Performed in the rounds, with performers spinning as often as the estate agent spins her lies, The Good Landlord is an immersive, intimate piece of theatre. I experienced this more than most, by accidentally sitting right next to one of the performers. Identifying with the awkward, self-conscious co-lead Tom, I immediately knew I was going to be uncomfortable for portions of the play. However, instead of worsening my experience, having eyes on me whilst Tiwalade Ibirogba Olulode, as the PA Bryony acted, added to the immersion, the excitement and the overall sense of dread underlying each scene and Ed’s increasingly unhinged rants.
We open in every Londoner’s dream. Tom and Ed get led around a bright, spacious apartment a stone’s throw from Big Ben. Tom checks and checks again that the rent Is only 400 pounds each, whilst glamorous estate agent Clarissa confirms the price is legitimate and presses for the deal to be closed. Flamboyant and distressingly confident Ed is enamoured, but the neurotic Tom wants to know the catch, because as Tom believes, there is always a catch. Casually, as if it is no big deal, Clarissa informs them that there are cameras covering every inch of the house and that the landlord will be watching them at all times for “security purposes”. Tom’s dead set against renting, but Ed is forceful and manipulative, and they take it. Tom doesn’t want to be watched, whilst Ed couldn’t care less. These tensions propel the story toward its manic developments and conclusion.
Heavy, prescient themes of surveillance are presented, but not fully realised, perhaps owing to the hour running time. But both sides are expressed with Ed spewing the classic line of teach-nobs worldwide, “If you have nothing to hide, you have nothing to fear”. Tom of course disagrees, and the character you most identify with will be determined by your politics on surveillance. As the show develops, a love interest in the form of Clarissa’s PA, Bryony enters the fold, beginning her performance wedged between my bony hips and an arm rest, but making her way on stage to trade barbs with Clarissa and seduce Tom. This is the iffiest part of the play, with Bryony’s seduction not really fitting with the sexual politics and parameters of consent in 2019.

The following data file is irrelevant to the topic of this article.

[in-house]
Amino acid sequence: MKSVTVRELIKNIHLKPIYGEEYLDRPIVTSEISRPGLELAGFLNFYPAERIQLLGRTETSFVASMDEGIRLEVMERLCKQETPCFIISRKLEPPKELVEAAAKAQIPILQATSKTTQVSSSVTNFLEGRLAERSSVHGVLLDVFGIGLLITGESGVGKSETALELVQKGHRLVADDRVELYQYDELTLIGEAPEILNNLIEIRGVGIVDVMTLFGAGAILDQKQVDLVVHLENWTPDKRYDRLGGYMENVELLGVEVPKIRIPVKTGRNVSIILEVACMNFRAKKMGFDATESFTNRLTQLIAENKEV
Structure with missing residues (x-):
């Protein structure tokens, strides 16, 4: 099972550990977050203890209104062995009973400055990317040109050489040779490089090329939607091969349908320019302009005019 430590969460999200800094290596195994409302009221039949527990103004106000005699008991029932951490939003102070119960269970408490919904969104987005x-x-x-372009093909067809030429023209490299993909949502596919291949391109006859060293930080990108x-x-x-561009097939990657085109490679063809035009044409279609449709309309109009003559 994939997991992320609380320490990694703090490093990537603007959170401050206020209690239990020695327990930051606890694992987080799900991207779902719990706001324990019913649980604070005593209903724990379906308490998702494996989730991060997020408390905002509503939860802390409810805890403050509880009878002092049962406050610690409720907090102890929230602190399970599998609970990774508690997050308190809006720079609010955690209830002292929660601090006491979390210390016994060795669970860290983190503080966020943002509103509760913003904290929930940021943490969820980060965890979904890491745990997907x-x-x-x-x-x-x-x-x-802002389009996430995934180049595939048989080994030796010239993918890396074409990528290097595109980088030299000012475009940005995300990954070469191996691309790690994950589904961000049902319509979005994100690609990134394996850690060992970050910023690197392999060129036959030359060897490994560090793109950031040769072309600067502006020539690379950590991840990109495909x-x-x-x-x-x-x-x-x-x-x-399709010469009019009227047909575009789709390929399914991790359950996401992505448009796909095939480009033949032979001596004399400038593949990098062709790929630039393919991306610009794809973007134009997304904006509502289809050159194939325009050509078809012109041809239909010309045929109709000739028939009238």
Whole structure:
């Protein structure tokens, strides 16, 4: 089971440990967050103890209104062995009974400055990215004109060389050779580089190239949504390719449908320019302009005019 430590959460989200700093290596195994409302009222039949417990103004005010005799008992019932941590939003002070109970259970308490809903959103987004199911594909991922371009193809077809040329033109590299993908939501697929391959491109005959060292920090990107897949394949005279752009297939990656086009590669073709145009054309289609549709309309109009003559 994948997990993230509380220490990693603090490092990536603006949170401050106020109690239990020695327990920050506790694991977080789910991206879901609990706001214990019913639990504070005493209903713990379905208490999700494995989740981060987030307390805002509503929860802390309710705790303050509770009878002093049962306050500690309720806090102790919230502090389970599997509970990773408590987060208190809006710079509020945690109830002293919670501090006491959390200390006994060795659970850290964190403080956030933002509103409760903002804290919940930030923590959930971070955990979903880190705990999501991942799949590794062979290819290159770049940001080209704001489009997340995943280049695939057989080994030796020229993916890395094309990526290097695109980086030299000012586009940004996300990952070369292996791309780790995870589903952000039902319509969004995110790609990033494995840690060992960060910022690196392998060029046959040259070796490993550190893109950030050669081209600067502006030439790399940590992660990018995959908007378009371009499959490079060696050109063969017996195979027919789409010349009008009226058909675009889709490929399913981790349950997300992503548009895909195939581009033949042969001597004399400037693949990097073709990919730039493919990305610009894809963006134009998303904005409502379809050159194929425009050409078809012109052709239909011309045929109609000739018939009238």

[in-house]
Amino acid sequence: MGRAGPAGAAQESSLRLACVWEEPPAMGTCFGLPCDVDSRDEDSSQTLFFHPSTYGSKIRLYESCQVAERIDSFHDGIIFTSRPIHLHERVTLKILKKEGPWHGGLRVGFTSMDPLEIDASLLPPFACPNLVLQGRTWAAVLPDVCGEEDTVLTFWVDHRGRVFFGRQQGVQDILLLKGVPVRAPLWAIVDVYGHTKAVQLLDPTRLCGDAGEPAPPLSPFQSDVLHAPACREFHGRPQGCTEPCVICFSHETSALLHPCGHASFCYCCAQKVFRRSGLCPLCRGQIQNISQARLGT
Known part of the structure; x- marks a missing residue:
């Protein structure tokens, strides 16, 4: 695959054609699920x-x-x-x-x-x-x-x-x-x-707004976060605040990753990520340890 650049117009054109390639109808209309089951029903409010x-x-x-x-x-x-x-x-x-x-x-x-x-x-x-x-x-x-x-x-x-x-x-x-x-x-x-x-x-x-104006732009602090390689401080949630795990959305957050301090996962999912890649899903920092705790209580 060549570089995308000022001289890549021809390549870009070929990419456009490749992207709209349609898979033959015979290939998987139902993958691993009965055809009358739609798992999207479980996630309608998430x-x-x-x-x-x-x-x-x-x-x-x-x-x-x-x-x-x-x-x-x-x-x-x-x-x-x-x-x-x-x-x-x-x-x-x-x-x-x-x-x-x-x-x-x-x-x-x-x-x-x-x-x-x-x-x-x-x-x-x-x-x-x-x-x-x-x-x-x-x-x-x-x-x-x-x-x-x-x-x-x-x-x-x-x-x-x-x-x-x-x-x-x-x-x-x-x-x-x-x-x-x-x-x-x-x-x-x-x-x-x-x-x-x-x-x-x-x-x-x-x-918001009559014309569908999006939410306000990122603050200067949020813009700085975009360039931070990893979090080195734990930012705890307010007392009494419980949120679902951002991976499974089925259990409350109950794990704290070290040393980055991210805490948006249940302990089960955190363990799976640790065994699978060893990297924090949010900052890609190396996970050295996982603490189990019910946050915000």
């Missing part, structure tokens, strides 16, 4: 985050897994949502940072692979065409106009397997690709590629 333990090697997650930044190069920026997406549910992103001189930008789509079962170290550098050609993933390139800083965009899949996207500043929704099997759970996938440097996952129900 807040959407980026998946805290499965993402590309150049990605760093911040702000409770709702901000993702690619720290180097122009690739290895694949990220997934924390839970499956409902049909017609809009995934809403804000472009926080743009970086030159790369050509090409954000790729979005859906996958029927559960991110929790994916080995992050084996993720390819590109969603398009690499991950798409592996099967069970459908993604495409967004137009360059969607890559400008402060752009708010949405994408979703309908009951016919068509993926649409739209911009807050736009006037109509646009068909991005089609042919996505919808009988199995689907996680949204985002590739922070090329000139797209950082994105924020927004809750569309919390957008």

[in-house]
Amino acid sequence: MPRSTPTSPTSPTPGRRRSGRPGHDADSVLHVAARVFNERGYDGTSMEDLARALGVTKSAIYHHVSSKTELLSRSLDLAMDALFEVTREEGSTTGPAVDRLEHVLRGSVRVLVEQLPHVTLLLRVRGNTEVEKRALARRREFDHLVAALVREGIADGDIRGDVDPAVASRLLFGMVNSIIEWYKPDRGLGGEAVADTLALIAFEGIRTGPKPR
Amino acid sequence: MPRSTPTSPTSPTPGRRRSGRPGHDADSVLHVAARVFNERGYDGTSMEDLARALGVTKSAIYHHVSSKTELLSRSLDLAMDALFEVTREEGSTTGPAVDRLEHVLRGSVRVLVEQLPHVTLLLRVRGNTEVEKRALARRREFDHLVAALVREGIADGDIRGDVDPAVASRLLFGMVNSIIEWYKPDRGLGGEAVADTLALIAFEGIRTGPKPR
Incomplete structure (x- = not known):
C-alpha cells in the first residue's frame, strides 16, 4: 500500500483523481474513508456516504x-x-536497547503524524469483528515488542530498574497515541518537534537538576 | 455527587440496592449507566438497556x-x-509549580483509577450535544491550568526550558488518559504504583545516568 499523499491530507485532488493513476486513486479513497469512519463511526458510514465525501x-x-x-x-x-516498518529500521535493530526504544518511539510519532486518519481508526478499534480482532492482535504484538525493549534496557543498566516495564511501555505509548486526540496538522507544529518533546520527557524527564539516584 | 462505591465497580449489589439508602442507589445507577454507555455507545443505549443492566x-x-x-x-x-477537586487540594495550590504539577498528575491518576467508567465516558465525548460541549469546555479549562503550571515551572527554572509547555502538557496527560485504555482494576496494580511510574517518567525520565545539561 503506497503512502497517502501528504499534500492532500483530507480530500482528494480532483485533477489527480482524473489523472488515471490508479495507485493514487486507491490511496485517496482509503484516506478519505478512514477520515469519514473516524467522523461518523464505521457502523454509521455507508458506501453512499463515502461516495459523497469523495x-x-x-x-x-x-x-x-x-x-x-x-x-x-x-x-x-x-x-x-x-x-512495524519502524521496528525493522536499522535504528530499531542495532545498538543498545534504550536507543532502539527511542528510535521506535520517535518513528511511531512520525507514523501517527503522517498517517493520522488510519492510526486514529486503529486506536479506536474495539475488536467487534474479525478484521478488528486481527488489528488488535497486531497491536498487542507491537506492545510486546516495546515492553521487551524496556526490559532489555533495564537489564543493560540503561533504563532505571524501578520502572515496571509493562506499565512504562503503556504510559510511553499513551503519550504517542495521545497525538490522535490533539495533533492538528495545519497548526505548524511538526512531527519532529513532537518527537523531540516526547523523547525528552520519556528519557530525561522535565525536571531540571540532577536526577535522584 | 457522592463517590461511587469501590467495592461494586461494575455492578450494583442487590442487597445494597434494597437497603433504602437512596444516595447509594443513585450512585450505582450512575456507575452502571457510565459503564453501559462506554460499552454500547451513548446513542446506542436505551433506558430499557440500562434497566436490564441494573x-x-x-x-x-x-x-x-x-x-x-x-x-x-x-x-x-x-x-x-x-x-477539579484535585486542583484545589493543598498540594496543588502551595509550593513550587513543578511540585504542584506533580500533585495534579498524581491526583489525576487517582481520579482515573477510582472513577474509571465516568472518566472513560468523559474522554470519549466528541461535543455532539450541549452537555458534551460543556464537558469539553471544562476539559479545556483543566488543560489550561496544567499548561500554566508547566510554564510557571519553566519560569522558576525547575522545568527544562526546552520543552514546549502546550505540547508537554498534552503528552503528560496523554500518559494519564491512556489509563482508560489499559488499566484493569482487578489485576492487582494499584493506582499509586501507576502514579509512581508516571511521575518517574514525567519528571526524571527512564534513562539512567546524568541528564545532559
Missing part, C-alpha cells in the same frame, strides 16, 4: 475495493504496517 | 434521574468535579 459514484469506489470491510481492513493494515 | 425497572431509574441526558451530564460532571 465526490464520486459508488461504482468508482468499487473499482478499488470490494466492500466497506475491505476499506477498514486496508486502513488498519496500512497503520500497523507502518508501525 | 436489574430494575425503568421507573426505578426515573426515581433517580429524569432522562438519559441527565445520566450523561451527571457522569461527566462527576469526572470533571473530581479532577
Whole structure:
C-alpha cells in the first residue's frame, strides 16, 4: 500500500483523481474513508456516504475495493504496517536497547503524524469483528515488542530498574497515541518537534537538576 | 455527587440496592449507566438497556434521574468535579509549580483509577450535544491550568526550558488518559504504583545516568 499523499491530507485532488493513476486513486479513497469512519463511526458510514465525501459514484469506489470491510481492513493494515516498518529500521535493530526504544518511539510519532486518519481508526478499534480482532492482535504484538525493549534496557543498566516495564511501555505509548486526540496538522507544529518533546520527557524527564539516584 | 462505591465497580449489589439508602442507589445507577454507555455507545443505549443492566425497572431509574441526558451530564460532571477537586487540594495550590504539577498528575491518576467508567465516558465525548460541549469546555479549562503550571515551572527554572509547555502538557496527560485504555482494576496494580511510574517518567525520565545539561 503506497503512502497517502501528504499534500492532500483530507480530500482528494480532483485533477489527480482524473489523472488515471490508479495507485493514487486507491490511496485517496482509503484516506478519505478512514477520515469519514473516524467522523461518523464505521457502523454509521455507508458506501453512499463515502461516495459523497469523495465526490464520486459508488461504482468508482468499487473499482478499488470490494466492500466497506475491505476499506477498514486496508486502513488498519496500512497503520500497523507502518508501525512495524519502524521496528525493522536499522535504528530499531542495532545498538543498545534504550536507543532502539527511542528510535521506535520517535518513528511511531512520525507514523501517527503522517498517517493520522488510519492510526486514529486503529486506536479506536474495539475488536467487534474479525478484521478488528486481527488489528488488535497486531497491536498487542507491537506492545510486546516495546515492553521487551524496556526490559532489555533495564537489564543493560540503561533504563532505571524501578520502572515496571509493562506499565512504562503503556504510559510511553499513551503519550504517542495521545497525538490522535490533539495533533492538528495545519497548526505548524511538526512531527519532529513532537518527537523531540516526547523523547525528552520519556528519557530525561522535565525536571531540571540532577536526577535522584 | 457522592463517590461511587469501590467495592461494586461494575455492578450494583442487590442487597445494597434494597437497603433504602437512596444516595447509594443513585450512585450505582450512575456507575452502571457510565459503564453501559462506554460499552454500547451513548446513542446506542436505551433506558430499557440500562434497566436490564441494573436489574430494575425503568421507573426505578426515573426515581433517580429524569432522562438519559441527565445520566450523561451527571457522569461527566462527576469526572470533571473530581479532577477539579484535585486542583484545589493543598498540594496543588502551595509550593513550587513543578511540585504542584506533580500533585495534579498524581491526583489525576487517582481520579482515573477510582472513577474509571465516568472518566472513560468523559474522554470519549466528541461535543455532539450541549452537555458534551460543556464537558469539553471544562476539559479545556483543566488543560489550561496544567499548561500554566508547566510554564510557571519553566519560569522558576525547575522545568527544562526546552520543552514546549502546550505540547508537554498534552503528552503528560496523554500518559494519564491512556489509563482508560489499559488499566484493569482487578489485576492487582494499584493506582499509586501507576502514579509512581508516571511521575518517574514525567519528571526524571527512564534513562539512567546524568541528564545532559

Michael Ross’ writing, however, is sharp and incisive, with performances loud, but fitting with the outrageous nature of the tale. Rupert Sadler is the loudest as the charismatic Ed, and nails the manic nature of the role, giving an incredibly fun performance that must leave him shattered every night. Phoebe Batteson-Brown is delicious as the scheming, vicious Clarissa, whilst Maximillian Davey as the introverted Ed brings a normality to proceedings, grounding it and letting Sadler strut his stuff. As Bryony, Tiwalade Ibirogba Olulode brings warmth to a character who contradicts her moral objections with immoral actions.
Cat Robey’s immersive, energetic and exhilarating direction ties the whole piece together, bringing a slice of 1984 to 2019, where constant surveillance seems like a natural evolution of our housing crisis
You can book tickets for The Good landlord via the link below. The play is at the Vaults Festival until Sunday.